Language Selection

English French German Italian Portuguese Spanish

Mainframes and Containers

Filed under
  • Why Mainframes Aren't Going Away Any Time Soon

    IBM's former systems and technology CTO explains when it makes sense to buy a mainframe and what the advantages are.

  • Starling Bank cashes in on open source Kubernetes for flexibility and agility

    UK fintech Starling Bank is building on the evolution of its architecture with plans to move to a cross-cloud approach supported by open source container orchestration platform Kubernetes.

  • Kubernetes for dev infrastructure

    I was initially assigned to solve an easy-sounding problem: make integration tests faster. There were a few hundreds of Selenium-based workflows, which were running sequentially and taking up to 10 hours to complete. The obvious solution was to parallelize them. The problem was that they were not designed to run concurrently and hence we had to either refactor all tests or provide an isolated copy of the ThoughtSpot system (a test backend) for every thread to run on. Redesigning tests might look like a cleaner solution, but it would require a tremendous effort from the whole engineering team and a lot of test-related changes in the product, so it was not feasible. We’ve decided to take the second approach, and that left me with the task, I’ve ended up solving with the help of Docker and Kubernetes: make it possible to quickly (in 2–3 minutes) spin up dozens of test backends with pre-loaded test data, run tests, tear them down, repeat.

  • Kubernetes vs Docker Swarm: A comparison of cloud container tools

    Containers are rising like a hot air balloon in the cloud market. These days, the CIO can hardly move for suggestions of one-shot-wonder tools to lighten the burden of IT infrastructure management. But when it comes to the battle of Kubernetes vs Docker, which programme comes out on top?

    Touted as silver bullet simplifiers of software update administration, both tools are great for transporting applications from one system to another without risking compatibility problems, missing files or unexpected errors. In the first instance, using a container to transport applications is much faster and better value than using a virtual machine, so either product is a good place to start for boosting cloud architecture efficiency.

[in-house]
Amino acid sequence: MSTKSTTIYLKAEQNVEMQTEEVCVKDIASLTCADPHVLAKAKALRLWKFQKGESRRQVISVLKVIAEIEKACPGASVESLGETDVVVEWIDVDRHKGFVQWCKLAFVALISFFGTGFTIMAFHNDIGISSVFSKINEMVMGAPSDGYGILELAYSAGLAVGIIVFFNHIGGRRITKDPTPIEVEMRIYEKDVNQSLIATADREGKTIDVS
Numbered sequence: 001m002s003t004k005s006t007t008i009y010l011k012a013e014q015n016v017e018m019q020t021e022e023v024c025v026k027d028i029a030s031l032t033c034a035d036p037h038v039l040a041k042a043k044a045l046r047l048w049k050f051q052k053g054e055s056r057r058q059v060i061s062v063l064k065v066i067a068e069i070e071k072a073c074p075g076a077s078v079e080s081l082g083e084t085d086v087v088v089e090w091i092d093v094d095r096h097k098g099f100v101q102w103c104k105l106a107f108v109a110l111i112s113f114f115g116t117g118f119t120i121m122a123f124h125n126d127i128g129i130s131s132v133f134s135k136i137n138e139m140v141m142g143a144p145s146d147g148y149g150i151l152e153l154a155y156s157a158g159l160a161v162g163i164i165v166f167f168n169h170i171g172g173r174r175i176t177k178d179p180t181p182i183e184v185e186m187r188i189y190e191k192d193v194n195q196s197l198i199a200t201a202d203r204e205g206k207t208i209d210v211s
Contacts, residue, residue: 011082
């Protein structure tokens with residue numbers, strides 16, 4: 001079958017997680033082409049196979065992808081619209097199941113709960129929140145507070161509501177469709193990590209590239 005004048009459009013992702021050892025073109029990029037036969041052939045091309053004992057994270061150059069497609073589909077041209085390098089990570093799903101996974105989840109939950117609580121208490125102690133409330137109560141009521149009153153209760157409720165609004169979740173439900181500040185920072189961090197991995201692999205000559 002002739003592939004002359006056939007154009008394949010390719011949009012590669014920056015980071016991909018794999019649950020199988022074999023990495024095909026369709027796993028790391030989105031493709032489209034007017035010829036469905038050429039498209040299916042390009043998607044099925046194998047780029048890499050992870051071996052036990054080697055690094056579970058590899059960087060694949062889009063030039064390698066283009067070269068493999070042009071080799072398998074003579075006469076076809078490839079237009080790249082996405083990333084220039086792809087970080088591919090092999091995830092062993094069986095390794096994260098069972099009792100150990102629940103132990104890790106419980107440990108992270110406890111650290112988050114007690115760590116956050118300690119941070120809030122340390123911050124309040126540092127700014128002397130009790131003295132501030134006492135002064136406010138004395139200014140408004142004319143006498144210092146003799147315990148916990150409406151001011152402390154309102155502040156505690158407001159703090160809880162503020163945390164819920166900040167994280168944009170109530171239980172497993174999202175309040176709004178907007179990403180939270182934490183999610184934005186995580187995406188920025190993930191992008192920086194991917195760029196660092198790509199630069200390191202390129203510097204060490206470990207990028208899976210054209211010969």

More in Tux Machines

today's howtos

Android Leftovers

The Spectre/Meltdown Performance Impact On Linux 4.20, Decimating Benchmarks With New STIBP Overhead

As outlined yesterday, significant slowdowns with the Linux 4.20 kernel turned out to be due to the addition of the kernel-side bits for STIBP (Single Thread Indirect Branch Predictors) for cross-HyperThread Spectre Variant Two mitigation. This has incurred significant performance penalties with the STIBP support in its current state with Linux 4.20 Git and is enabled by default at least for Intel systems with up-to-date microcode. Here are some follow-up benchmarks looking at the performance hit with the Linux 4.20 development kernel as well as the overall Spectre and Meltdown mitigation impact on this latest version of the Linux kernel. Some users have said AMD also needs STIBP, but at least with Linux 4.20 Git and the AMD systems I have tested with their up-to-date BIOS/microcode, that hasn't appeared to be the case. Most of the AMD STIBP references date back to January when Spectre/Meltdown first came to light. We'll see in the week ahead if there is any comment from AMD but at this time seems to be affecting up-to-date Intel systems with the Linux 4.20 kernel. Read more

Today in Techrights